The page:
RESEARCH METHODS: The study included 14 participants with stroke and eating difficulties. A semi-structured interview guide with open-ended questions and probes was used. The interview guide was gradually modified during the data collection process. The interviews were digital audio recorded and fully transcribed. Memos were documented simultaneously with the analysis. Instruments:  A structured observation of a meal verified eating difficulties, and semi-structured interviews were conducted.

    RESULTS: 'Striving for control' emerged as a tentative core category. The participants related their striving for control to 'eating safely', and 'eating properly'; they also had to analyse the consequences of their eating difficulties, being careful when eating, and/or avoiding activities. Some also felt a need of help from others. Those others could remind and provide advice in this matter.

    CONCLUSION: This study highlights the complexity of having eating difficulties after stroke. Aspects related to the participants' striving for control are based on different strategies to eat safely and properly. Nurses can use this knowledge to support patients in their strive for control by observing them in eating situations. In addition, nurses can also ask them to describe and make explicit the experience of eating situations after stroke.

  • 9.
    Nahlén Bose, Catarina
    et al.
    Sophiahemmet University.
    Elfström, Magnus L
    Björling, Gunilla
    Persson, Hans
    Saboonchi, Fredrik
    Patterns and the mediating role of avoidant coping style and illness perception on anxiety and depression in patients with chronic heart failure2016In: Scandinavian Journal of Caring Sciences, ISSN 0283-9318, E-ISSN 1471-6712, Vol. 30, no 4, p. 704-713Article in journal (Refereed)
    Abstract [en]

    INTRODUCTION: Emotional distress in patients with chronic heart failure (CHF) predicts mortality, hospital readmission and quality of life. The patient's avoidant coping style and beliefs about the disease have been linked to emotional distress in CHF. However, the pattern and transmitting effects of these variables are indefinite.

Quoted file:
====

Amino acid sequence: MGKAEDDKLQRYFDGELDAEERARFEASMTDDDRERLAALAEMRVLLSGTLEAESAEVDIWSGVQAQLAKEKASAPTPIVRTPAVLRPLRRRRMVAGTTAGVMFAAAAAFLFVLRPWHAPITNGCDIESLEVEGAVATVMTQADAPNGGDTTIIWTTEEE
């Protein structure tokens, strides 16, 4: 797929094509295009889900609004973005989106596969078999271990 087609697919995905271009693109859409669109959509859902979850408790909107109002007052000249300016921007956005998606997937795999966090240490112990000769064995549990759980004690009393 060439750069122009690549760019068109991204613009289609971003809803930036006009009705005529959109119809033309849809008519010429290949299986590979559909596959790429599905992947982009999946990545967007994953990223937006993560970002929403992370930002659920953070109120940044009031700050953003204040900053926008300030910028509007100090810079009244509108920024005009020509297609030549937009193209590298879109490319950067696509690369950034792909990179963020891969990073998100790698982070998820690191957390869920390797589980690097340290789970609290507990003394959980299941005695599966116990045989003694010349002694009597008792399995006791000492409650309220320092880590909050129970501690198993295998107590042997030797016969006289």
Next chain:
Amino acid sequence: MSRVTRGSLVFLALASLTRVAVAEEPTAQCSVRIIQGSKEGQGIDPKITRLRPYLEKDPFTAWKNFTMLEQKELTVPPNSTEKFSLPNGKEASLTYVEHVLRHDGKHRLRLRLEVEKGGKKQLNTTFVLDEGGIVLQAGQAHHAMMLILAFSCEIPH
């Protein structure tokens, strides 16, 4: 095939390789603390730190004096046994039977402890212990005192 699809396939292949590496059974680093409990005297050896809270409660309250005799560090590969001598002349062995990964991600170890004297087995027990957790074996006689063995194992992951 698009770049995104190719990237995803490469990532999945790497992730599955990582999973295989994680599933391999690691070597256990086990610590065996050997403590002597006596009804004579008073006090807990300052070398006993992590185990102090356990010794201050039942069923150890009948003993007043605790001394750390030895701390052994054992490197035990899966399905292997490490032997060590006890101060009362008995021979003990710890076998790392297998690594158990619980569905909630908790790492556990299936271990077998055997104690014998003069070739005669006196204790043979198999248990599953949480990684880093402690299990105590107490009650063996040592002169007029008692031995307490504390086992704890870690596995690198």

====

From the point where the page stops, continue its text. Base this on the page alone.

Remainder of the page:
AIM: This study aimed to examine the links between and the potential mediating role of illness perceptions and avoidant coping style on depression and anxiety in patients with CHF.

    METHOD: Self-assessment data from 103 patients with CHF were subjected to path analysis in two hypothesised models. The outcome measures were coping styles, illness perception, anxiety and depression.

    RESULTS: Avoidant coping had a direct adverse effect on anxiety and depression. The perception of symptom burden and personal control, significantly mediated the effect between avoidant coping and anxiety and depression.

    CONCLUSIONS: Avoidant coping style appears to influence not only emotional distress, but also a malignant symptom perception and low sense of control over the illness.

  • 10. O'Sullivan, Anna
    et al.
    Öhlen, Joakim
    Alvariza, Anette
    Håkanson, Cecilia
    Sophiahemmet University.
    Adaptation and validation of the VOICES (SF) questionnaire - for evaluation of end-of-life care in Sweden2017In: Scandinavian Journal of Caring Sciences, ISSN 0283-9318, E-ISSN 1471-6712Article in journal (Refereed)